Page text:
On April 27, the Archdiocese of San Francisco signaled that it was prepared to make "adjustments" to advance negotiaions with the local Catholic teachers' union.  The statement marked an afternoon of protests against the archdiocese.

"Hundreds of Catholic-school teachers and supporters gathered outside the San Francisco Archdiocese on Monday afternoon waving rainbow banners and preaching acceptance of gays and lesbians — all in protest of efforts by the archbishop to require employees to embrace church opposition to 'homosexual relations,' 'fornication' and other 'gravely evil' sexual activities," reported the San Francisco Chronicle.

The union represents faculty at the four Catholic high schools under the direct jurisdiction of  Archbishop Salvatore Cordileone, and it has challenged proposed contract language that directs teachers to avoid public statements and actions that oppose Catholic teaching on sexual ethics, Mass attendence, abortion, and the Eucharist, among other issues.

"The Archdiocese reiterates its commitment to do what we can to listen to teachers’ ongoing concerns, to restore respectful discussion, and to heal any rifts that may remain," read today's statement, released at the end of the work day.

 Archbishop Cordileone "understands that the teachers want to make sure that the final language in the contract both promotes Catholic identity and protects the rights of the teachers.  He too wants language that protects the rights of the teachers, and he is willing to make adjustments to firmly secure those rights," the statement continued.

Was  the archdiocese modifying its position on the contract language? If so,what might be  taken off the table?

 I contacted Larry Kamer, the archdiocese's spokesman, for further clarification.

He responded in an email: "We’ve been engaged in productive dialogue with the teachers’ union but are not going to discuss specific items that are still on the bargaining table."

However, Jesuit Father John Piderit, the moderator of the curia and vicar for administration, offered some helpful clarification. 

To begin with, he said the statement highlighted the archbishop's desire to protect the rights of teachers, who are integral to the mission of Catholic education.

"The archbishop has reiterated on a number of occasions that ... he will not go after people or pry into their private life. But he does not want teachers to contradict the faith outside the campus," Father Piderit told me.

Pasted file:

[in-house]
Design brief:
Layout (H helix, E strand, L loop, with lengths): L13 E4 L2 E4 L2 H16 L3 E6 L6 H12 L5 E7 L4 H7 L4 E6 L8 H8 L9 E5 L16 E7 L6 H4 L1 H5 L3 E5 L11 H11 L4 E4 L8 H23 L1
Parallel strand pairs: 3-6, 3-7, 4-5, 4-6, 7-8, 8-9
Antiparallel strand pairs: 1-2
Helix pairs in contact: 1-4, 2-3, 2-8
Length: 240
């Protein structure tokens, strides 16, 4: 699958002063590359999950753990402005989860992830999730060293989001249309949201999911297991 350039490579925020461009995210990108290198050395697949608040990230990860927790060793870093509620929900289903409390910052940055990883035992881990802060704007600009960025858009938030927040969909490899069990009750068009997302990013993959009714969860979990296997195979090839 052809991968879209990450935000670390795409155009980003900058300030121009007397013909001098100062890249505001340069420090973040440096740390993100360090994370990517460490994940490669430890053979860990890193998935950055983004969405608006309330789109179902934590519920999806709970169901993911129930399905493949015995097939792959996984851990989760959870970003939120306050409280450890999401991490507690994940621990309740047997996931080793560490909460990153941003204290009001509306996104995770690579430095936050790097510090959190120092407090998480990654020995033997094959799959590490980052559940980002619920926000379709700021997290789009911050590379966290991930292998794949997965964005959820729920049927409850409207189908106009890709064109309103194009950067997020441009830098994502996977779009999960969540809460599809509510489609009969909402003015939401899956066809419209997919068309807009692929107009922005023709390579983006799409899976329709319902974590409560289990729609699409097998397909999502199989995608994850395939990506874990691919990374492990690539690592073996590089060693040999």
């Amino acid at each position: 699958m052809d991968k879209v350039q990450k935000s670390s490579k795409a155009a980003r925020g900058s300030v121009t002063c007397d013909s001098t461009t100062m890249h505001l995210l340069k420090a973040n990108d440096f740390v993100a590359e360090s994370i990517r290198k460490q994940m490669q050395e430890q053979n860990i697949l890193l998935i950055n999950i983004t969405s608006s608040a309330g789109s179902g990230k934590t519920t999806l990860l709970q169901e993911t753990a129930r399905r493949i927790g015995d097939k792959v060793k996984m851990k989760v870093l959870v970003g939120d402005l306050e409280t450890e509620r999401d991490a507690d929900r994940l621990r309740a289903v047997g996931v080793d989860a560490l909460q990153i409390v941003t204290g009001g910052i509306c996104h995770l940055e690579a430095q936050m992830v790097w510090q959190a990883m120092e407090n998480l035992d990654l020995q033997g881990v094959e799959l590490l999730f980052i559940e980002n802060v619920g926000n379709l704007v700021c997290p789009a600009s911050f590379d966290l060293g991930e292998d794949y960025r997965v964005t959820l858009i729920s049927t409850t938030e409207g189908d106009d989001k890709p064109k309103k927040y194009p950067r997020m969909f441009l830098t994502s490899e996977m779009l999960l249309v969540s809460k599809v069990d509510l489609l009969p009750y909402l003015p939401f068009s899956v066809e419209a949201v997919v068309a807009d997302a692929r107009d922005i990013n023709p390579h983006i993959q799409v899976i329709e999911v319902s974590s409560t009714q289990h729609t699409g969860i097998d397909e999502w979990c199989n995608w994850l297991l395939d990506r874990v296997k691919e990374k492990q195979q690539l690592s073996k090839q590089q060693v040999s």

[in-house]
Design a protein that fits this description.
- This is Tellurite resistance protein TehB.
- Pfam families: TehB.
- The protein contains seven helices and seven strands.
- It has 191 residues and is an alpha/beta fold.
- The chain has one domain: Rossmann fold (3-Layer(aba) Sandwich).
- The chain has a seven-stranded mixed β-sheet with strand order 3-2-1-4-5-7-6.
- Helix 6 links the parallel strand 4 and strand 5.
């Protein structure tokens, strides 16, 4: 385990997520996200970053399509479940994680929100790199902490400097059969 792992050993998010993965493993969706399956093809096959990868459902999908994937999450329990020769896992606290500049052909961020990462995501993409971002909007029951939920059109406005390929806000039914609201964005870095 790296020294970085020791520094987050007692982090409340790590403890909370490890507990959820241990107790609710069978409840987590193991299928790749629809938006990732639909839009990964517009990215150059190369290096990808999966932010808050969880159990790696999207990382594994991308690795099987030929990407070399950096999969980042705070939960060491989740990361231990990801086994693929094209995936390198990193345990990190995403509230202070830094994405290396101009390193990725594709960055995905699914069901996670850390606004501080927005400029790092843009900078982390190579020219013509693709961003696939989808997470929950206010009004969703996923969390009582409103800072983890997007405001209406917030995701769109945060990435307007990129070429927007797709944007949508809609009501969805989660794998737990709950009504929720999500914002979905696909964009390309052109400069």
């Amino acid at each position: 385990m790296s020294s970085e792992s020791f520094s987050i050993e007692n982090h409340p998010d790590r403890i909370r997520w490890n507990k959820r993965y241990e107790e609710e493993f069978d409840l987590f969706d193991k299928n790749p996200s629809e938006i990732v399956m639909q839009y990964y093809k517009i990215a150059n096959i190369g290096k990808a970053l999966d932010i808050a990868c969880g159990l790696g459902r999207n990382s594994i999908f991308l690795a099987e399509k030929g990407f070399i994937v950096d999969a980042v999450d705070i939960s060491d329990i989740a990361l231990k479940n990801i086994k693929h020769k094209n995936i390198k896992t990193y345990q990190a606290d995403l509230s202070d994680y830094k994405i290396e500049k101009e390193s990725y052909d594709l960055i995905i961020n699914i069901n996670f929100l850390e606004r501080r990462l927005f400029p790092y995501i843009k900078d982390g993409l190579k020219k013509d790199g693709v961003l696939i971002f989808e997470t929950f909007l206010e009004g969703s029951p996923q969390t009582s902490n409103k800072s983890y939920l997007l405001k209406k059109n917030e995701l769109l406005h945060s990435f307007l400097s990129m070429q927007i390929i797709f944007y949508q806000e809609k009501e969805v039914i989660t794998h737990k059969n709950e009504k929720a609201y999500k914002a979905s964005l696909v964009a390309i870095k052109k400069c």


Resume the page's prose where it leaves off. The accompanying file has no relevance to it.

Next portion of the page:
Today's statement from the archdiocese celebrated the devotion of Catholic teachers, who "make vital contributions to the formation of minds and of character. They teach our students to think, read, speak, and pursue wisdom and happiness in a place where the gifts of each person are cultivated and valued. This cannot happen without skilled and dedicated teachers who remain inspired and motivated by their calling."

Meanwhile, the new language approved for the faculty handbook has also sparked anger. 

The new handbook language spells out Church teachings on a range of sensitive matters, backed up with citations from the Catechism of the Catholic Church.  Critics challenge the inclusion of statements that present same-sex relationships and masturbation in a negative light, but the archdiocese has noted that the handbook is for faculty members and they must decide how such teachings should guide their interactions with students.

I asked Father Piderit whether there would be changes to the handbook, as some reports have suggested? He confirmed that the language would be modified.

A committee of teachers of religion, “at the archbishop’s request, were reviewing the original statements for inclusion in the handbook."

The goal, he continued, was to make them “more pastorally approachable, without changing the main point of the statements."

 “The archbishop has met with [the committee of teachers of religion] and he likes what they are doing. That effort is underway.”

After a cascade of national news headlines, protests, petition campaigns and a paid "open letter" in the San Francisco Chronicle attacking the archbishop's educational initiative, today's statement framed the allegations flung by some critics as often incorrect, overblown or inflammatory.

"Most disturbing is the suggestion that the contract negotiations are being used only to provide an excuse to fire teachers. That could not be further from the truth. 

"Today Archbishop Cordileone met again with some administrators from the Archdiocesan high schools and reiterated his determination to keep teachers, not fire them. There will be no 'witch hunts,' no prying into people’s personal lives, no shaming, no hidden agendas." 

So the archbishop is taking steps to address concerns about job security and about language that some fear will threaten the schools' inclusive culture. 

Will it be enough for his most vociferous critics? Not likely. 

And before long, local Catholic teachers, and others who have expressed concern about his educational policy, must decide where they stand. Do they want to  lend credibility to a broader effort to characterize Church teaching as unjust and discriminatory? Do they want Catholic schools to ignore or suppress inconvenient truths that conflict with local  values?   

The archdiocese provided the following link as an additional resource: http://catholic-sf.org/ns.php?newsid=25&id=63174